This case arose out of the challenge to the Secretary of State’s designation of the Airports National Policy Statement (ANPS), in accordance with which a third runway was sought to be constructed at Heathrow Airport. The plan for an infrastructure project to expand the UK’s aviation capacity in order to maintain its status as the largest aviation hub (‘hub objective’), had been in the works for well over a decade. The option of constructing a third runway at Heathrow Airport was the subject of a political debate owing to the environmental costs involved in the project. Faced with a politically charged case, the Court of Appeal clarified at the outset that it was dealing with an “entirely legal question”. The issues in this case concerned judicial review of administrative decision making. The Court rejected the Appellant’s contention that it ought to apply a stricter standard of scrutiny than that of ‘Wednesbury irrationality’ since European Union (EU) law requires environmental policy to be based on the ‘precautionary principle’. The Court refused to interfere with the UK legislature’s exercise of its discretion in its implementation of the European Council Directives on the conservation of natural habitats and of wild fauna and flora (‘Habitats Directive’), and on the assessment of the effect of certain plans and programmes on the environment (‘SEA Directive’), wherein it did not indicate the need for a stricter standard of review (¶ 75). This goes to show the importance of the doctrine of parliamentary sovereignty in the UK (in contrast to the doctrine of constitutional supremacy in India). Similar to Mopa 2, the Court showed deference to the Secretary of State when the question of the latter’s decision to reject an alternative option (expansion of the Gatwick Airport) arose. While the Gatwick option was less environmentally intrusive, the Secretary of State rejected it for its relative lack of suitability for the hub objective.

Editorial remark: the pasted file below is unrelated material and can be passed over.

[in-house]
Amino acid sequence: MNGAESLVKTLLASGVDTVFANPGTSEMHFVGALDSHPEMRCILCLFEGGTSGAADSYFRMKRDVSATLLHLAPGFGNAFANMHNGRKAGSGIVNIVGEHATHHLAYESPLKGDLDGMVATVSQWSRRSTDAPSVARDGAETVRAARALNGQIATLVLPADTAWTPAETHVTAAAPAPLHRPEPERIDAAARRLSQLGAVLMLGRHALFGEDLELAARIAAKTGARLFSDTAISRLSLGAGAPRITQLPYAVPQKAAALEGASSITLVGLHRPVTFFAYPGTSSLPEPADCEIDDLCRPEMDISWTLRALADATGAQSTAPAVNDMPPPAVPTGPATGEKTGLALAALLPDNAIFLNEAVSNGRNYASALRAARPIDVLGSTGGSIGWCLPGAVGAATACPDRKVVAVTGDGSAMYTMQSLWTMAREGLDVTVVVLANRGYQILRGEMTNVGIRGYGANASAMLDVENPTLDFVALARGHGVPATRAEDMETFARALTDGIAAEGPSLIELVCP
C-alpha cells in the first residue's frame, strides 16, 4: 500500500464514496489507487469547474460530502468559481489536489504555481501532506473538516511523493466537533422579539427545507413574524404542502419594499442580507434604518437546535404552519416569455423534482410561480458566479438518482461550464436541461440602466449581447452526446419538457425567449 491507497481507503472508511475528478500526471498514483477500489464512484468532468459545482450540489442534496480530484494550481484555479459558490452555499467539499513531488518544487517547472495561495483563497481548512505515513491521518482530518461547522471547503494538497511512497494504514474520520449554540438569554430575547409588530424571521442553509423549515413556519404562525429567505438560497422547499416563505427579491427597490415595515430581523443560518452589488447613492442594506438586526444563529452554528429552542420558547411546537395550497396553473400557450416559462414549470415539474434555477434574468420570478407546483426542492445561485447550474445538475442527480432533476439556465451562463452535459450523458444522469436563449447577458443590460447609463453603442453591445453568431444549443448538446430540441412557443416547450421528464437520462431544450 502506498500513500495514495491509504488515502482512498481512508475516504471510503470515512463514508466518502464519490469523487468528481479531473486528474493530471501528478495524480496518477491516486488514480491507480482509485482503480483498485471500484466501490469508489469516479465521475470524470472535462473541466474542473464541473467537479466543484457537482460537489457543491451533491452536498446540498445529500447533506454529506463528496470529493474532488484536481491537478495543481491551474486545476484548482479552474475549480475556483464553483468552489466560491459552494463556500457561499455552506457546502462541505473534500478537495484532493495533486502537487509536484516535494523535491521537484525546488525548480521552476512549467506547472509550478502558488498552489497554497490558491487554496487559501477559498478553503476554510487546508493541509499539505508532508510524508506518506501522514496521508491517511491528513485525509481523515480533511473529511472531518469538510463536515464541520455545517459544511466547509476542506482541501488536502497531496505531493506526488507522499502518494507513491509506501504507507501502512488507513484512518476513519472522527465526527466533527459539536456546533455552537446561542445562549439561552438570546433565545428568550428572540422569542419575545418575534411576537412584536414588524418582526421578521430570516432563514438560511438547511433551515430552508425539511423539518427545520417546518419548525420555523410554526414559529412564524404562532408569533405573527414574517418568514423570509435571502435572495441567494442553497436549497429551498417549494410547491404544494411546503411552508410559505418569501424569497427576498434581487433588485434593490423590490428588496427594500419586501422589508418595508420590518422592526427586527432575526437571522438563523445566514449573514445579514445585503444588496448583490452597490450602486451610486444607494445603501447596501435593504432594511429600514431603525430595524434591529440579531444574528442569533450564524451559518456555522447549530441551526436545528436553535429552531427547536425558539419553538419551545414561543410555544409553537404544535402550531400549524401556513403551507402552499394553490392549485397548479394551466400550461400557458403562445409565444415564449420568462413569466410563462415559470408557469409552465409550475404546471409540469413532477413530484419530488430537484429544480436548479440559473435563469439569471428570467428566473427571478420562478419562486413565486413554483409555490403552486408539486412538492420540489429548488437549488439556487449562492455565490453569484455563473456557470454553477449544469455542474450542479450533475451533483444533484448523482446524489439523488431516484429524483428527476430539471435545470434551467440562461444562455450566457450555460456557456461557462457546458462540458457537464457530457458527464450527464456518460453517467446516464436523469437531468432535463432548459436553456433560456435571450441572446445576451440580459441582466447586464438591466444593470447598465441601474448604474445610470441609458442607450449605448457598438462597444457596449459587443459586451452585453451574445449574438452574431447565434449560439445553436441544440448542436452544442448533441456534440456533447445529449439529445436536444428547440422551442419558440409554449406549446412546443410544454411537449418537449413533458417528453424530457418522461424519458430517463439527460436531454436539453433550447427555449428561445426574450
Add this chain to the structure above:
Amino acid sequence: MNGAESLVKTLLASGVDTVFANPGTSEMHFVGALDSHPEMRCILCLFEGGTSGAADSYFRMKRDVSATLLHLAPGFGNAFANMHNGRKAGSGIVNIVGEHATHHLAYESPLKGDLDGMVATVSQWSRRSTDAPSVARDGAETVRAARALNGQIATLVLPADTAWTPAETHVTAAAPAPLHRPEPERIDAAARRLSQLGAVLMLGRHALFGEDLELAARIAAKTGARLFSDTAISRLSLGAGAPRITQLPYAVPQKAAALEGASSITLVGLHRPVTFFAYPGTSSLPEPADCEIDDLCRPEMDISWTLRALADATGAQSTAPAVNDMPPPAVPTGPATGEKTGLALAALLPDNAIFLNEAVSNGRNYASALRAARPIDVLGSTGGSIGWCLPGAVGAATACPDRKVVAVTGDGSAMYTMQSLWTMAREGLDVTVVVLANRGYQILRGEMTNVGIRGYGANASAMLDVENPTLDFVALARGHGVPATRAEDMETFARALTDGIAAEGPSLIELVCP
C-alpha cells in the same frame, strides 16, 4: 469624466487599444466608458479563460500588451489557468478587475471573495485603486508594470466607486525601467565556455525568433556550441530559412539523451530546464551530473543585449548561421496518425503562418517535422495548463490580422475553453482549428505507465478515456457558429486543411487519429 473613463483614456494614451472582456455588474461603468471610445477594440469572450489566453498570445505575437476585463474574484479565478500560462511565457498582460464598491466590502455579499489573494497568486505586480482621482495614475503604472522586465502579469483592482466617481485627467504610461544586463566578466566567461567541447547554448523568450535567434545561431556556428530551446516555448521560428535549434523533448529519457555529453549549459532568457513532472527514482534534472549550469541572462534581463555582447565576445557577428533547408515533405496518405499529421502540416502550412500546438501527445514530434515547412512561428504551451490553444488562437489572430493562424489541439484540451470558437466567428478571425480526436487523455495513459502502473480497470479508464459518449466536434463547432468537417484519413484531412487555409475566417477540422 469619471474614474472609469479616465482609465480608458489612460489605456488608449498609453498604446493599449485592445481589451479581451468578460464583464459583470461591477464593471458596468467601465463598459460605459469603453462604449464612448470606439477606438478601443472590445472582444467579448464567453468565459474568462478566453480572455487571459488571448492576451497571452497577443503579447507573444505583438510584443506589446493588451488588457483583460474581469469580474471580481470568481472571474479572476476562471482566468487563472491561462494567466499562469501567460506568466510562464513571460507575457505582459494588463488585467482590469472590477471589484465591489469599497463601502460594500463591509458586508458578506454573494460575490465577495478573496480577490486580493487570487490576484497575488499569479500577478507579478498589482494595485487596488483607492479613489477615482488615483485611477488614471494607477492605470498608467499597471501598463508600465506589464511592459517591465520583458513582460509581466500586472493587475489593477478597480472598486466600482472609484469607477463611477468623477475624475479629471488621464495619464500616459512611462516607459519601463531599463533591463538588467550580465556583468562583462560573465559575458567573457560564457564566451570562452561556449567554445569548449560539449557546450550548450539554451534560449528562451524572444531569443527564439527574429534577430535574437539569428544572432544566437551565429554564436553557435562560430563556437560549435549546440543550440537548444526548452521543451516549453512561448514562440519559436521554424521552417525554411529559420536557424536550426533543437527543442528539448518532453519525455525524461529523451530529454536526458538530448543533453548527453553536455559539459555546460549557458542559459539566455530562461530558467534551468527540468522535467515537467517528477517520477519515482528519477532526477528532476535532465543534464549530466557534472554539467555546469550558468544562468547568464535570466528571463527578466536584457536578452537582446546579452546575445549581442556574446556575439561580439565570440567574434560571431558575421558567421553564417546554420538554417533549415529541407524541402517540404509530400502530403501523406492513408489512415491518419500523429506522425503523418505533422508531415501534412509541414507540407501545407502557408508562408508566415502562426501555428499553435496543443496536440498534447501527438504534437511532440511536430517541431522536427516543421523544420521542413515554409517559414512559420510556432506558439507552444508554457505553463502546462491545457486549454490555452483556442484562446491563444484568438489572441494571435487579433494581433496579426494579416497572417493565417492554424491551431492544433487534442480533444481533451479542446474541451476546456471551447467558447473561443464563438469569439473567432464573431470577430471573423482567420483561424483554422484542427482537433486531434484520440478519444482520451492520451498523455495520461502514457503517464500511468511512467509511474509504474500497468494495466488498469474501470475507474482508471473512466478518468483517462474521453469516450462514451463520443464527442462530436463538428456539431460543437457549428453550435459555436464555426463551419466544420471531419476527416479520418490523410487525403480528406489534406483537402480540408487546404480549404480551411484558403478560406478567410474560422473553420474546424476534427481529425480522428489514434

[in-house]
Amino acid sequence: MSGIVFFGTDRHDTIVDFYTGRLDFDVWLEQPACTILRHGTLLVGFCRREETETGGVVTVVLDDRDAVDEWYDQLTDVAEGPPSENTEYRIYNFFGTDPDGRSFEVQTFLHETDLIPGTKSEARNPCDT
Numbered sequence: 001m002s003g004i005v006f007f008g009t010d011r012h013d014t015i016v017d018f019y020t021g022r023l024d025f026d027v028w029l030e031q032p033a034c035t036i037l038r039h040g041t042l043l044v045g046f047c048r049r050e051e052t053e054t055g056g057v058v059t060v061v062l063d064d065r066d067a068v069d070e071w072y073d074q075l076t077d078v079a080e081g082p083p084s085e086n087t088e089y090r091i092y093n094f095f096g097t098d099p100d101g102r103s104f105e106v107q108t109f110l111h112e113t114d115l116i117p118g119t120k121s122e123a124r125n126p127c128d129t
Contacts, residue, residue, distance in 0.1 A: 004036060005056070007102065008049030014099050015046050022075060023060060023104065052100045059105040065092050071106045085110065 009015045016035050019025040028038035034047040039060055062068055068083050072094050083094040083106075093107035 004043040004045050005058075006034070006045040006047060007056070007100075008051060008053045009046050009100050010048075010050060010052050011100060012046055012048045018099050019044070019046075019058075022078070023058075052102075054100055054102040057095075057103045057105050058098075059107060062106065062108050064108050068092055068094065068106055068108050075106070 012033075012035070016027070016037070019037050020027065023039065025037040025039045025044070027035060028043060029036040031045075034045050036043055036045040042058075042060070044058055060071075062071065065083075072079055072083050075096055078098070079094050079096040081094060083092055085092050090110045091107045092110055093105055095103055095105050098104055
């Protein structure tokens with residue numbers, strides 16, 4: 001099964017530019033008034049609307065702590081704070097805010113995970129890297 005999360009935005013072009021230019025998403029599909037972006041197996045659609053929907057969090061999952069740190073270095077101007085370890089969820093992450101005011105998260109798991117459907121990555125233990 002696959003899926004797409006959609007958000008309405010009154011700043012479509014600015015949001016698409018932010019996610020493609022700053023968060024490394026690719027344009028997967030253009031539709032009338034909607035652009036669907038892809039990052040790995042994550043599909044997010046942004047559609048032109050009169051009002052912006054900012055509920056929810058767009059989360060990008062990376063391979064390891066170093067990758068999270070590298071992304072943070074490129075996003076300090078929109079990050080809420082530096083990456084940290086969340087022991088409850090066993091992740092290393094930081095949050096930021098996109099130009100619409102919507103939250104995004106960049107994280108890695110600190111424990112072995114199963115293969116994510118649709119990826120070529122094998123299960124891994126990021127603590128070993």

The significance of the Court of Appeal’s decision in this case lies in its finding that the Secretary of State’s failure to account for UK’s obligations under the 2015 Paris Agreement in designating the ANPS amounted to a contravention of the Planning Act, 2008. Of course, here the Court only found there to be an obligation to take the Paris Agreement into account (¶ 238), and so the Secretary of State was well within his rights under the Planning Act to accord lesser normative value to UK’s climate obligations than would be ‘ideal’.
Heathrow Runway demonstrates the limitations of the law’s instrumental potential before the courts in the UK, which tend to adhere to a stricter notion of separation of powers than Indian Courts, the latter of which have, in many cases, made normative evaluations and issued directions on account of the government’s failures. Furthermore, the Indian court’s approach in Mopa 1 was highly critical (and suspicious) of the government’s claims, in contrast to the UK Court’s approach in this case. In the former judgment, the Court underscored the seriousness of the government’s lapses by invoking the principle of ‘Environmental Rule of Law’ (as conceptualised by the UNEP) which is not explicitly found in the Constitution, legislation, or delegated legislation. The UK Court, on the other hand, relied on explicit references to the relevance of ‘climate change’ in sections 5(8) and 10 of the Planning Act, 2008, to reach its decision.